I was hunting around my local library looking for a decent biography on Jefferson. After trying out American Sphinx and finding myself frustrated with Ellis's constant negative interpretation, I found the thinnest Jefferson biography I could find on the shelf, and one that I hoped might have a slight sense of humor in its telling.

So Hitchens's Jefferson Biography served its purpose. It's short, to the point, and has some sarcastic humor in an otherwise dry read. It's published after the Sally H...more
As a stylist, Christopher Hitchens is one of my favorites. His prose should be studied by all contrarians and literary warmongers as a blueprint for how to write engaging nonfiction. While he occasionally dips into thesaurus words for minimal effect, his gift with the English language is self apparent. This brief volume about the life and times of America's cornerstone author, Thomas Jefferson, serves its function as a quick and accessible bio. If you want Tolkien-like precision about the man, I...more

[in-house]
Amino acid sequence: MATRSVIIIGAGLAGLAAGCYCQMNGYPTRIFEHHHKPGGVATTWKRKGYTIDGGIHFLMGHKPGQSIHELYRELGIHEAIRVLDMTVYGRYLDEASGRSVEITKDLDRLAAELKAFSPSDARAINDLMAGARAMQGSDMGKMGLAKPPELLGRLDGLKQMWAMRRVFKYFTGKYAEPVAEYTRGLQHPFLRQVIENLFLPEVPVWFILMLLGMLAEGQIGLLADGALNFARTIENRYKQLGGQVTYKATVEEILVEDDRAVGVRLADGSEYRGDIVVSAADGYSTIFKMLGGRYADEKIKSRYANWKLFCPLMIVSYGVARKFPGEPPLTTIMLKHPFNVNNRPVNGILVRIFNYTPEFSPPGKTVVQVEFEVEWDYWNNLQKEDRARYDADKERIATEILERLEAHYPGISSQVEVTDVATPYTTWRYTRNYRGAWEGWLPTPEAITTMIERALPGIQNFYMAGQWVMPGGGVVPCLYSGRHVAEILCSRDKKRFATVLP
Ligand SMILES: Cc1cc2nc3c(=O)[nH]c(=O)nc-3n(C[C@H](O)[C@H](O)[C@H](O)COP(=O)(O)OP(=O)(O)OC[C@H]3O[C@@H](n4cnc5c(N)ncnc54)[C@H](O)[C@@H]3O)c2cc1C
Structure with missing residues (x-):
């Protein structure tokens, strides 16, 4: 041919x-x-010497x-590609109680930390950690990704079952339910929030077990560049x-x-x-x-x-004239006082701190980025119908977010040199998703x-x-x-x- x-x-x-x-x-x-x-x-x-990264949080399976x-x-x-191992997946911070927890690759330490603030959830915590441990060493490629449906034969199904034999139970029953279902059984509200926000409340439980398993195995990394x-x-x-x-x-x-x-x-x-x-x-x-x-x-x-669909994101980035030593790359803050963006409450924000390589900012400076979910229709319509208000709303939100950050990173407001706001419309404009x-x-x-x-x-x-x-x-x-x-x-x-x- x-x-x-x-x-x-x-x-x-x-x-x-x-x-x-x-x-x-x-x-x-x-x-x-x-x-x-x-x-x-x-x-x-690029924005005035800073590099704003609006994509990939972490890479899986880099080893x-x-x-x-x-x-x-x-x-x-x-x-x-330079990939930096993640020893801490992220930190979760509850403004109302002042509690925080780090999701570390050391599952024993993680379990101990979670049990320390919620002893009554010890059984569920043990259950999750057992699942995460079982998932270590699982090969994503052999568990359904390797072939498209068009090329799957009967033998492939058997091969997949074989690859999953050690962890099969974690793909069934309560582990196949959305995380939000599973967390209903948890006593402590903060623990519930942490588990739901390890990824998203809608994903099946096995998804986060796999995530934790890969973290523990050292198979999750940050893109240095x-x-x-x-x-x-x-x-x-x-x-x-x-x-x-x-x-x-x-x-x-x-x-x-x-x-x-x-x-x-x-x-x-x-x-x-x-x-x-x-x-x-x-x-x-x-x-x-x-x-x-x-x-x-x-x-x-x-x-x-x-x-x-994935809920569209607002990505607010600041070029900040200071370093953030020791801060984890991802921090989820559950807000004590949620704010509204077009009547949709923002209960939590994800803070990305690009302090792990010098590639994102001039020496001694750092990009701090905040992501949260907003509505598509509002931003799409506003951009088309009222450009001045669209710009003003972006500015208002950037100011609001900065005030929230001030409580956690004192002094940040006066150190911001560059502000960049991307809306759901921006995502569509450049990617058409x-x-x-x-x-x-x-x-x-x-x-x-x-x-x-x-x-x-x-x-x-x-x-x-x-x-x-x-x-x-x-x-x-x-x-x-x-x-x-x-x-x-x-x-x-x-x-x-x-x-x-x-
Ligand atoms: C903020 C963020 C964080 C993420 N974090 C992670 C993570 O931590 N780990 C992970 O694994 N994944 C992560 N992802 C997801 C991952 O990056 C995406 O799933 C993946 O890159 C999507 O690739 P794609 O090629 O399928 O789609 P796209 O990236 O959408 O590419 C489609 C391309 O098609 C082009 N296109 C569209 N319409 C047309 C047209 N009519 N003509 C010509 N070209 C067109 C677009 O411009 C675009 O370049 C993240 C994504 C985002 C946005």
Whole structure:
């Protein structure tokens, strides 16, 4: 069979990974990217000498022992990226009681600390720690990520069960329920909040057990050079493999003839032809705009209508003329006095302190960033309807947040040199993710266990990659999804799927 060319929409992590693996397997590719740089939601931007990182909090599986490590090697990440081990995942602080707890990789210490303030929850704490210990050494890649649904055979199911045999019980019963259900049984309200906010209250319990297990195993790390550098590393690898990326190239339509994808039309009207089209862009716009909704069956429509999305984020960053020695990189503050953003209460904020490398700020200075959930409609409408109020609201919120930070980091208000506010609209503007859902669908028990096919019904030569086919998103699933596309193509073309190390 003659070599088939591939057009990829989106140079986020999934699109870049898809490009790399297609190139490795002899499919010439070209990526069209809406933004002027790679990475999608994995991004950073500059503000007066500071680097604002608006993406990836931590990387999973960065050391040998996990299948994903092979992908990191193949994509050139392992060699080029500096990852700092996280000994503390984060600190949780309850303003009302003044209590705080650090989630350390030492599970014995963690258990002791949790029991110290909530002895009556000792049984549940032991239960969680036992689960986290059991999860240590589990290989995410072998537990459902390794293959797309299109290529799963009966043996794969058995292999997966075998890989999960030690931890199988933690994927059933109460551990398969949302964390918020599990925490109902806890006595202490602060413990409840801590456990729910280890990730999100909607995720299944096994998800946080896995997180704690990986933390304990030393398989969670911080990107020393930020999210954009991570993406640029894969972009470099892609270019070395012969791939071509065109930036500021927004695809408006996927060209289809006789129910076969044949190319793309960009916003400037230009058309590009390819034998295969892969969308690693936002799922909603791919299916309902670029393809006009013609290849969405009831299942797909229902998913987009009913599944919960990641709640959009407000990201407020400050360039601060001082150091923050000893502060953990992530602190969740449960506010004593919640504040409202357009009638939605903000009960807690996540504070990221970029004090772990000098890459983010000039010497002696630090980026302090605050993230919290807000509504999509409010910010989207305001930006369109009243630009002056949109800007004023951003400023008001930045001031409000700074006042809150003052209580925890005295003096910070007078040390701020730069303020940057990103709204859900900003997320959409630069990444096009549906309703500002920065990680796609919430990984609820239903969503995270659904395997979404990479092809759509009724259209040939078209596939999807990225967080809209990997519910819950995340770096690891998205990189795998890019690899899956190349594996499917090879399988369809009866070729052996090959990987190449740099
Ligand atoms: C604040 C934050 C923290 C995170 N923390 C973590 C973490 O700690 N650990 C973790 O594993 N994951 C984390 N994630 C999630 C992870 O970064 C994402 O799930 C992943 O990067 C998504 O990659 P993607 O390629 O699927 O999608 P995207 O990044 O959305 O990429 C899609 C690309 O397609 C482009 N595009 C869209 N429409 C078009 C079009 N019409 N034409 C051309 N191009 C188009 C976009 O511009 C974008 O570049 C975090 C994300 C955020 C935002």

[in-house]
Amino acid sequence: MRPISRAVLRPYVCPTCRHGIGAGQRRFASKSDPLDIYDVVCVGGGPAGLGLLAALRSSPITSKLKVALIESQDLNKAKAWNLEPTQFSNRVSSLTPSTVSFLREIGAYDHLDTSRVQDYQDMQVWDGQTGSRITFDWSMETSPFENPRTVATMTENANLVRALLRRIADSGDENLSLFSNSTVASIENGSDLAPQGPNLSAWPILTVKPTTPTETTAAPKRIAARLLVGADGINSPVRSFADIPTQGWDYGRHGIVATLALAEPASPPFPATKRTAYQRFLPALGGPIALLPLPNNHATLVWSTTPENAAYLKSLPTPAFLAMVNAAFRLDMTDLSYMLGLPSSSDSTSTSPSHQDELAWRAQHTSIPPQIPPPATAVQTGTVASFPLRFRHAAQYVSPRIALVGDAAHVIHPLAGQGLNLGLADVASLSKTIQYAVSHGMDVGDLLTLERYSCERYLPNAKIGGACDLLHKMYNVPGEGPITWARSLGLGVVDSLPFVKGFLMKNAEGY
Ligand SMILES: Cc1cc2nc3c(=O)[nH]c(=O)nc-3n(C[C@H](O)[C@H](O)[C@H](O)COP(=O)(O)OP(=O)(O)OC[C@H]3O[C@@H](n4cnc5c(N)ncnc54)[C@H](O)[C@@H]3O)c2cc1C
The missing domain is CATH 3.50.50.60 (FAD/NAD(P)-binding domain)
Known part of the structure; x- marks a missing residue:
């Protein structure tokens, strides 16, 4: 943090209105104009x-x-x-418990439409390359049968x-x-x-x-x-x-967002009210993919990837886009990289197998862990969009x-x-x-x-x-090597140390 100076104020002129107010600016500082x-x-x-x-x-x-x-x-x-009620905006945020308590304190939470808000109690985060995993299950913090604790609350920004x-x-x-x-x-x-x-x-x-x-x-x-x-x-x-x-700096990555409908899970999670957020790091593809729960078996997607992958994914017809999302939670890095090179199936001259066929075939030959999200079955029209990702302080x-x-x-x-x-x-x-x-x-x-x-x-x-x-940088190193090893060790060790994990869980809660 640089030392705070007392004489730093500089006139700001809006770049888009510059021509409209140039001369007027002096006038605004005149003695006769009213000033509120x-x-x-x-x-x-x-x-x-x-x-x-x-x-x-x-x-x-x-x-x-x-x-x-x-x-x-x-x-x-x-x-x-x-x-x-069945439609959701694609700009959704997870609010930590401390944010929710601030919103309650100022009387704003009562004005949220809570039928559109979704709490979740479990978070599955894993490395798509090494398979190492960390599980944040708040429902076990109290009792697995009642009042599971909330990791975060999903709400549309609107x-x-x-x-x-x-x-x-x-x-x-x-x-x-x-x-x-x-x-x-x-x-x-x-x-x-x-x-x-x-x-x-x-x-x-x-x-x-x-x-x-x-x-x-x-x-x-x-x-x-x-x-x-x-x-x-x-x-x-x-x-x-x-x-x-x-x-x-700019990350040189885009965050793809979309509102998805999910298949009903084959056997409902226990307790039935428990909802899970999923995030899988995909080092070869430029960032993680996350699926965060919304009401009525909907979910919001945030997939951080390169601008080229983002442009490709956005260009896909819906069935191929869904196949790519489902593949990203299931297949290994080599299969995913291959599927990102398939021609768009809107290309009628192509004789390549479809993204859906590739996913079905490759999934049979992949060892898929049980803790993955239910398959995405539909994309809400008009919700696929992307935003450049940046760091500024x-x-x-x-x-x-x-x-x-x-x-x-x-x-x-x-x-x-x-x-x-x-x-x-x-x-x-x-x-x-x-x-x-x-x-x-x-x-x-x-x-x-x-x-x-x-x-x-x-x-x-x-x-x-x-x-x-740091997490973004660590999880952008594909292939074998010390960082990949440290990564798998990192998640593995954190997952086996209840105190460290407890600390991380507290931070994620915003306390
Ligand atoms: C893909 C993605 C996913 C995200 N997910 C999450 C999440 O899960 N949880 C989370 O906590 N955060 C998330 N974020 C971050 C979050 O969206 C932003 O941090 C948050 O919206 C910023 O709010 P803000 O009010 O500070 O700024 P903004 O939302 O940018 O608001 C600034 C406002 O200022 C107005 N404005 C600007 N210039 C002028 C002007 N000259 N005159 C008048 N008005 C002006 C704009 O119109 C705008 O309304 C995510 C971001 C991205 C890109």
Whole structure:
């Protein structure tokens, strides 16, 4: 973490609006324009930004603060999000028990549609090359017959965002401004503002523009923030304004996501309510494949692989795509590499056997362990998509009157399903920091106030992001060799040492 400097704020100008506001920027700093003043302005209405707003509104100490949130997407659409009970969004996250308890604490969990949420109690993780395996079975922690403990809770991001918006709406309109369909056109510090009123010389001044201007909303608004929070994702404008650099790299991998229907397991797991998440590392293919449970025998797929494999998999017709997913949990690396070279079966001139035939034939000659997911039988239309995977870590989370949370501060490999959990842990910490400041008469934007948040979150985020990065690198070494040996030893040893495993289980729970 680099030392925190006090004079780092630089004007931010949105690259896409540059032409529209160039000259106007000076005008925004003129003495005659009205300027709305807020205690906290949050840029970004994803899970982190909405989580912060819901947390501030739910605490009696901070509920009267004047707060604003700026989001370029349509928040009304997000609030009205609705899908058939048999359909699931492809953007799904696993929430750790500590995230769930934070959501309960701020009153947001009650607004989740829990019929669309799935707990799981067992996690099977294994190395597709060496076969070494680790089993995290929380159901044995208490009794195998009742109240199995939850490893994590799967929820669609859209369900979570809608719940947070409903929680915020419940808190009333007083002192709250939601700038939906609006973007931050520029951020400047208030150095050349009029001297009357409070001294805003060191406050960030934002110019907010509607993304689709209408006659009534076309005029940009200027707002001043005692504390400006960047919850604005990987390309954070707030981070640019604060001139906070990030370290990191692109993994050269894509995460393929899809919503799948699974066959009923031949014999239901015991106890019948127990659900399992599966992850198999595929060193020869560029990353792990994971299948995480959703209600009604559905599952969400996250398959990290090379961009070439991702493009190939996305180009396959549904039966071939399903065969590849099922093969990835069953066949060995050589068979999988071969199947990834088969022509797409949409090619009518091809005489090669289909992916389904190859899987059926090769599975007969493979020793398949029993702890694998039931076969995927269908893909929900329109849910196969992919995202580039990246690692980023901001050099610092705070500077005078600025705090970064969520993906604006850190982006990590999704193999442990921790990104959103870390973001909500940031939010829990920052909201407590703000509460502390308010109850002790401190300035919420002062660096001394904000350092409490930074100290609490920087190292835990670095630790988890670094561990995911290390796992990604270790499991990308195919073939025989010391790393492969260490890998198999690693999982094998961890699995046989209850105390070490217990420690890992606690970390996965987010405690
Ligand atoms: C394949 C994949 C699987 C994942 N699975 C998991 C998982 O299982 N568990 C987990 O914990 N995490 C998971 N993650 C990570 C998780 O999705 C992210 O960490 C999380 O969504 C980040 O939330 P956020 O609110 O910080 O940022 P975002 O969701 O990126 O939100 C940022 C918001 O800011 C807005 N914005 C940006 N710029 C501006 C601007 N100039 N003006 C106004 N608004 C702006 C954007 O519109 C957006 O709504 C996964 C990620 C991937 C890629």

I was visiting Monticello recently, and finding this book in the gift shop made me feel a bit nostalgic. Hitchens wrote this biography of Jefferson during the most combative period of his life as a public intellectual. He was under fire from his former allies on the left for his ardor for the War on Terror and the coalition efforts in Iraq, while simultaneously taking on the religious right and establishing himself as one of the founders of the "New Atheism". Then in 2007, in the middle of this...more
Very enjoyable. I would not recommend this bio as your first foray into Jefferson. (The R.B. Bernstein would be a better place to start.) But I found Hitchen's discussion of Jefferson refreshing, partly because I agreed with him in so many instances.

Of the bios on Jefferson that I have read (or have attempted to read), all mention that his and his wife's favorite book was TRISTRAM SHANDY by Lawrence Sterne. A few of them go into great discussion of the book and Jefferson's relation to it. So I...more
Paul 'Pezski' Perry